Question:

Is it illegal to use a US mailbox for anything other than mail?

Answer:

Laws state that only authorized letter carriers may insert mail into a mailbox. It is a federal offense for tampering with the mail and a fine/jail time can be the punishment for the offense. Generally, resident mailboxes are for mail use only.

More Info:

The United States of America (USA), commonly referred to as the United States (US), America, or simply the States, is a federal republic consisting of 50 states, 16 territories, and a federal district. The 48 contiguous states and the federal district of Washington, D.C., are in central North America between Canada and Mexico. The state of Alaska is the northwestern part of North America and the state of Hawaii is an archipelago in the mid-Pacific. The country also has five populated and nine unpopulated territories in the Pacific and the Caribbean. At 3.79 million square miles (9.83 million km2) in total and with around 316 million people, the United States is the fourth-largest country by total area and third largest by population. It is one of the world's most ethnically diverse and multicultural nations, the product of large-scale immigration from many countries. The geography and climate of the United States is also extremely diverse, and it is home to a wide variety of wildlife.

Paleo-indians migrated from Asia to what is now the US mainland around 15,000 years ago, with European colonization beginning in the 16th century. The United States emerged from 13 British colonies located along the Atlantic seaboard. Disputes between Great Britain and these colonies led to the American Revolution. On July 4, 1776, delegates from the 13 colonies unanimously issued the Declaration of Independence. The ensuing war ended in 1783 with the recognition of independence of the United States from the Kingdom of Great Britain, and was the first successful war of independence against a European colonial empire. The current Constitution was adopted on September 17, 1787. The first 10 amendments, collectively named the Bill of Rights, were ratified in 1791 and guarantee many fundamental civil rights and freedoms.

Mail

An email box (also email mailbox, e-mailbox) is the destination to which electronic mail messages are delivered. It is the equivalent of a letter box in the postal system.

A mailbox is identified by an email address. However, not all email addresses correspond to a storage facility. The term pseudo-mailbox is sometimes used to refer to an address that does not correspond to a definitive mail store. Email forwarding may be applied to reach end recipients from such addresses. Electronic mailing lists and email aliases are typical examples.

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A letter box, letterbox, letter plate, letter hole, deed, mail slot, or mailbox is a receptacle for receiving incoming mail at a private residence or business. For the opposite purpose of collating outgoing mail, a post box is generally used instead.

Letterboxes or mailboxes consist of four primary designs:

Mailbox baseball or mailboxing is an activity in which a baseball bat or other object is used to knock over, dent, or smash roadside mailboxes by a passenger in a car. It can be played either as a game, with score kept in a manner similar to baseball, or played simply for aimless fun. In either case it is an act of vandalism and destruction of other peoples' property.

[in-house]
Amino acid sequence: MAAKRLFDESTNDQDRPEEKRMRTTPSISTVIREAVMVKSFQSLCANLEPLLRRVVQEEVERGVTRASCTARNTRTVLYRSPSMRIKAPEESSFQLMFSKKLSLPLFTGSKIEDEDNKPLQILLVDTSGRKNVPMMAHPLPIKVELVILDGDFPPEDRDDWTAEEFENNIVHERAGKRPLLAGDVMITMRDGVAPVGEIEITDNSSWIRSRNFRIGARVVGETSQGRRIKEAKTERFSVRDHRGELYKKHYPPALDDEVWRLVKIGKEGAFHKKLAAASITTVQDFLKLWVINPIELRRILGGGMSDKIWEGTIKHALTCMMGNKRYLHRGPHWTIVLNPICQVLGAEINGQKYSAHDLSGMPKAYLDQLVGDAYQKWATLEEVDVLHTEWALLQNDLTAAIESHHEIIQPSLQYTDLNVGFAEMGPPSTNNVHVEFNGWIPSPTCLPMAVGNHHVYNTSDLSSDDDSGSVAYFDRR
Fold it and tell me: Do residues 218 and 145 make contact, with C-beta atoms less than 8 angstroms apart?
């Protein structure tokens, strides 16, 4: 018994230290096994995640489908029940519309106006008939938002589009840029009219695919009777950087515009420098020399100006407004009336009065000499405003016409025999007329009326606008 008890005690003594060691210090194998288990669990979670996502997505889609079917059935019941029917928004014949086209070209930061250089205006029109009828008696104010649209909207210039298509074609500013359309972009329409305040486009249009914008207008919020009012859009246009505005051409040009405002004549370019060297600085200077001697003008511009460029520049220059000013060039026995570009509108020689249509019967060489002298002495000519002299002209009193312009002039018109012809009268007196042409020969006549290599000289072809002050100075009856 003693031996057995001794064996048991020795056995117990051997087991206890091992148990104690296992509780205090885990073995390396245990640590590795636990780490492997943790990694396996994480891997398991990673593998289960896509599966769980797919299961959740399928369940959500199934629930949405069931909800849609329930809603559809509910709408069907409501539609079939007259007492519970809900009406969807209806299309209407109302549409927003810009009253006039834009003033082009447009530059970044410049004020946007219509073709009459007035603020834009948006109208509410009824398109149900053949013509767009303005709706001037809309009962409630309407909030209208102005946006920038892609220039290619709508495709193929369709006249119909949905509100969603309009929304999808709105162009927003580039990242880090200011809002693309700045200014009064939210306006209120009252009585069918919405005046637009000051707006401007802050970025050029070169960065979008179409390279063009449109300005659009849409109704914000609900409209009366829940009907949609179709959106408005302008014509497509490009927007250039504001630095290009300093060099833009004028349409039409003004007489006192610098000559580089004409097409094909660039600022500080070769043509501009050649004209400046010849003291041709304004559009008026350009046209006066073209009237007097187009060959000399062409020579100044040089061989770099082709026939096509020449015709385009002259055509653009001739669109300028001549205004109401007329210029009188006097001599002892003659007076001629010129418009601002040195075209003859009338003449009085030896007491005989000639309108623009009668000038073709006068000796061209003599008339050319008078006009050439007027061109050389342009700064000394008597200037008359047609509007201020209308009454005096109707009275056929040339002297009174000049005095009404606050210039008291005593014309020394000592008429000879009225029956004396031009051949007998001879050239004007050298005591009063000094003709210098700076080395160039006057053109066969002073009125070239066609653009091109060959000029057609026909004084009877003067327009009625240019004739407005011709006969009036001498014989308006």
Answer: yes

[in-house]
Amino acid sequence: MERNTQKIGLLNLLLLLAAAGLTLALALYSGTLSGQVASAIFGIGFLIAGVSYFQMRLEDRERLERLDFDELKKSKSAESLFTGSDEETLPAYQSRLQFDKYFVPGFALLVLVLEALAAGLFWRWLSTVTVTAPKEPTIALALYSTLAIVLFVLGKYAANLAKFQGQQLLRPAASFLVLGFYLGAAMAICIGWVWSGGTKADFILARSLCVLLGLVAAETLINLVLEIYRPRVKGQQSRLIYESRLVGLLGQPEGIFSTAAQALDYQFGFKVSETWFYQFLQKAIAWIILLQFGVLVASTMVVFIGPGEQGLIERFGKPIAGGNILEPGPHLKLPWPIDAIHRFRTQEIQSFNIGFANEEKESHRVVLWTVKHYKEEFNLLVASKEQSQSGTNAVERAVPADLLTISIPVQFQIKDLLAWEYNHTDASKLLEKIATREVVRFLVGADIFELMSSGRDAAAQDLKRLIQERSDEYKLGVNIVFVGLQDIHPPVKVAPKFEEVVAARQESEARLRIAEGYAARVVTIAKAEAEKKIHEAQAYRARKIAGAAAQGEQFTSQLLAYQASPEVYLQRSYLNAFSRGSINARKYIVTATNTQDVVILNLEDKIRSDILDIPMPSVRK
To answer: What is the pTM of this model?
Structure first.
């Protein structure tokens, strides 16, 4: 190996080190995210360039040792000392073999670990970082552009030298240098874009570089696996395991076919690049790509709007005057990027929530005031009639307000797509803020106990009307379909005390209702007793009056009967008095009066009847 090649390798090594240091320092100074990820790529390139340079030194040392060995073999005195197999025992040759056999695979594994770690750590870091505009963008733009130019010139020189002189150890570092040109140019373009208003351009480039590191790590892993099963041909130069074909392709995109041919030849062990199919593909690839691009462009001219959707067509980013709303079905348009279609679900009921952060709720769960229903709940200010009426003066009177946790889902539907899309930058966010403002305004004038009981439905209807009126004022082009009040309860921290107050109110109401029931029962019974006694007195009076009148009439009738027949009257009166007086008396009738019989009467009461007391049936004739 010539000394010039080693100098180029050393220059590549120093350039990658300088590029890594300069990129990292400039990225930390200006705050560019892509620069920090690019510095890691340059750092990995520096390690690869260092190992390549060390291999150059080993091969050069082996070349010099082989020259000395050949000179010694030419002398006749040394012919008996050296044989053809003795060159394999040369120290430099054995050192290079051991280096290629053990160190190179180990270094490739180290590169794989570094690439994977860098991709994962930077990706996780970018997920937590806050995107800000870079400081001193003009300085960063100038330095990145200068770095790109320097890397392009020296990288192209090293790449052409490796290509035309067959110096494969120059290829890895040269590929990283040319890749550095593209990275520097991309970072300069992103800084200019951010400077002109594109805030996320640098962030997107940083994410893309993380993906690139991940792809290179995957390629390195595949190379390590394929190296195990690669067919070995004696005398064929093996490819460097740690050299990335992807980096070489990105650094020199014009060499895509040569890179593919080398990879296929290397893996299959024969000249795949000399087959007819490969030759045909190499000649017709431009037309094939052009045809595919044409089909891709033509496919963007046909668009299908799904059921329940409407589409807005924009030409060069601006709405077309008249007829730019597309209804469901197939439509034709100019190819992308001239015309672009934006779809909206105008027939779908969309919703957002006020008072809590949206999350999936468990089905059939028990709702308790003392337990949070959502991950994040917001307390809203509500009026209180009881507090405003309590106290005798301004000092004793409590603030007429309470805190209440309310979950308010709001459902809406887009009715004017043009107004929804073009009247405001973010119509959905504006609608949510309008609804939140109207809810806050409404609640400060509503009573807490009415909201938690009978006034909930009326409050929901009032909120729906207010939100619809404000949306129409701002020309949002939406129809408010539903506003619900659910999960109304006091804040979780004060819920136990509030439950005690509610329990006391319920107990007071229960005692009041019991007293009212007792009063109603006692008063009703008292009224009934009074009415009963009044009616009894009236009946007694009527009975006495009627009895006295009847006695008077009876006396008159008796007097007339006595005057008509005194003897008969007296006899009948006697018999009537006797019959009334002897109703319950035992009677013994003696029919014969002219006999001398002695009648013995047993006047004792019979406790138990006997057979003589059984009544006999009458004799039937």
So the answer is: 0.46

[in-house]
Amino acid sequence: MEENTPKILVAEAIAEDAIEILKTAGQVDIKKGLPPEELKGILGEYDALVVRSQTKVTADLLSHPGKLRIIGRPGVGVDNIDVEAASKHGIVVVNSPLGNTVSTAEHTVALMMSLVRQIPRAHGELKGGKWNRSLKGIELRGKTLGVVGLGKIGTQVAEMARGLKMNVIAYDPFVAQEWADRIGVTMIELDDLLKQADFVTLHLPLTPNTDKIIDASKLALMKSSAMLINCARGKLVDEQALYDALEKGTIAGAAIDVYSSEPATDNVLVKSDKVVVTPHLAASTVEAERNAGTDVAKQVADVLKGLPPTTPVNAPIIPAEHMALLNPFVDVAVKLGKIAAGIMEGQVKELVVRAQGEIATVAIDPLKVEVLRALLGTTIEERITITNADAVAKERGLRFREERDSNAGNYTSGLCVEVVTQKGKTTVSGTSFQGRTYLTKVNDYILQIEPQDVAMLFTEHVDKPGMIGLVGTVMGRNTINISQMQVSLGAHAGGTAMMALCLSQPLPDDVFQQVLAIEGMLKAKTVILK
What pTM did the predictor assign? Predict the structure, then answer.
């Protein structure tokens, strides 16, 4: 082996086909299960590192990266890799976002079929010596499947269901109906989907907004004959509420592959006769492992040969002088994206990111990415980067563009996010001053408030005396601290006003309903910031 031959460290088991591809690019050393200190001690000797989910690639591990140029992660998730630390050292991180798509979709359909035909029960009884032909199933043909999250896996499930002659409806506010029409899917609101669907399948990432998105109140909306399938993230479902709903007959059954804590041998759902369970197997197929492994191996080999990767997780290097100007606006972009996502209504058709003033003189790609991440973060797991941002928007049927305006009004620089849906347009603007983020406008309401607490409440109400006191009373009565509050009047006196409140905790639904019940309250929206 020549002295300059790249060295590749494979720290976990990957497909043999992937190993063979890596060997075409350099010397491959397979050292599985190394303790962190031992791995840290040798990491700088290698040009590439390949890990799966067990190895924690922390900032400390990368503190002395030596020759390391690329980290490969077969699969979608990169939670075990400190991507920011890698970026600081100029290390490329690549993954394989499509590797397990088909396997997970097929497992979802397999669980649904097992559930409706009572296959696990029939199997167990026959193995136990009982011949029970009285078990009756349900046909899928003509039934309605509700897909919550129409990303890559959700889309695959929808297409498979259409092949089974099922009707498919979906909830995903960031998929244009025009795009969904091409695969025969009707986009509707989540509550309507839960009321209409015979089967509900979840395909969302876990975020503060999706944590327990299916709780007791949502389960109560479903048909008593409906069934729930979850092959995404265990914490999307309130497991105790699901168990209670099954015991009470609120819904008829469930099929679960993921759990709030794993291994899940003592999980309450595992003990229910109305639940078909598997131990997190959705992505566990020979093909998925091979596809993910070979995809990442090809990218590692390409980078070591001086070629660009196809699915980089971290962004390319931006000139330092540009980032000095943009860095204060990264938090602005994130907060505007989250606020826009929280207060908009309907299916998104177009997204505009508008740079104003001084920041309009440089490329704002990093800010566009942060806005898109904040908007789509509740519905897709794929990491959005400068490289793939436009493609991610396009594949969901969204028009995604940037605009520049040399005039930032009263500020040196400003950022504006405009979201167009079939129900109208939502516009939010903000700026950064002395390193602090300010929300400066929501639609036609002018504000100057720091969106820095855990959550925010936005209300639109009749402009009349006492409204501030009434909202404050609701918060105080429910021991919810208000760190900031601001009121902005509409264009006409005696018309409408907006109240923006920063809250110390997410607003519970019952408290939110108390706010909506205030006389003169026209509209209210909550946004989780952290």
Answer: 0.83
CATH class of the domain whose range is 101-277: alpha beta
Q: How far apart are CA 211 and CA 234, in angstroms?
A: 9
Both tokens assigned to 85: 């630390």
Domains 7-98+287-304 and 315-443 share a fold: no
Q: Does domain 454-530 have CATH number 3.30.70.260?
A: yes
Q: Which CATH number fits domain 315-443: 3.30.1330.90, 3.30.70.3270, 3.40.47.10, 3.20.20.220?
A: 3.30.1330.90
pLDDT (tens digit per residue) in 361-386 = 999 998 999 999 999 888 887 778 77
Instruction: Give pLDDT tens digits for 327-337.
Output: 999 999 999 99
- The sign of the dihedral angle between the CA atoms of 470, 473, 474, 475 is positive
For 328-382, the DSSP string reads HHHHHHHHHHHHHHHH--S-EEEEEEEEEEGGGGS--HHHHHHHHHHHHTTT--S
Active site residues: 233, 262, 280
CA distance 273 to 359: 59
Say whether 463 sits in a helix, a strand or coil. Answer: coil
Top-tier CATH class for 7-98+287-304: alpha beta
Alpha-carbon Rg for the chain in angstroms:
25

Mailbox baseball is depicted in several films and television shows such as Stand by Me, The Benchwarmers, Dazed and Confused, 21 Jump Street, CSI: Crime Scene Investigation, Ghost Whisperer, The Simpsons, Family Guy, and The X-Files.

Email

The mail or post is a system for physically transporting documents and other small packages, as well as a name for the postcards, letters, and parcels themselves. A postal service can be private or public, though many governments place restrictions on private systems. Since the mid-19th century national postal systems have generally been established as government monopolies with a fee on the article prepaid. Proof of payment is often in the form of adhesive postage stamps, but postage meters are also used for bulk mailing. Modern private postal systems are typically distinguished from national postal agencies by the names "courier" or "delivery service".

Postal authorities often have functions other than transporting letters. In some countries, a Postal Telegraph and Telephone (PTT) service oversees the postal system as well as having authority over telephone and telegraph systems. Some countries' postal systems allow for savings accounts and handle applications for passports.

The United States Postal Service (USPS), also known as the Post Office and U.S. Mail, is an independent agency of the United States federal government responsible for providing postal service in the United States. It is one of the few government agencies explicitly authorized by the United States Constitution. The USPS traces its roots to 1775 during the Second Continental Congress, where Benjamin Franklin was appointed the first postmaster general. The cabinet-level Post Office Department was created in 1792 from Franklin's operation and transformed into its current form in 1971 under the Postal Reorganization Act.

The USPS employed 522,144 workers and operated 212,530 vehicles in 2012. The USPS is the operator of the largest civilian vehicle fleet in the world. The USPS is legally obligated to serve all Americans, regardless of geography, at uniform price and quality. The USPS has exclusive access to letter boxes marked "U.S. Mail" and personal letterboxes in the United States, but still competes against private package delivery services, such as UPS and FedEx.

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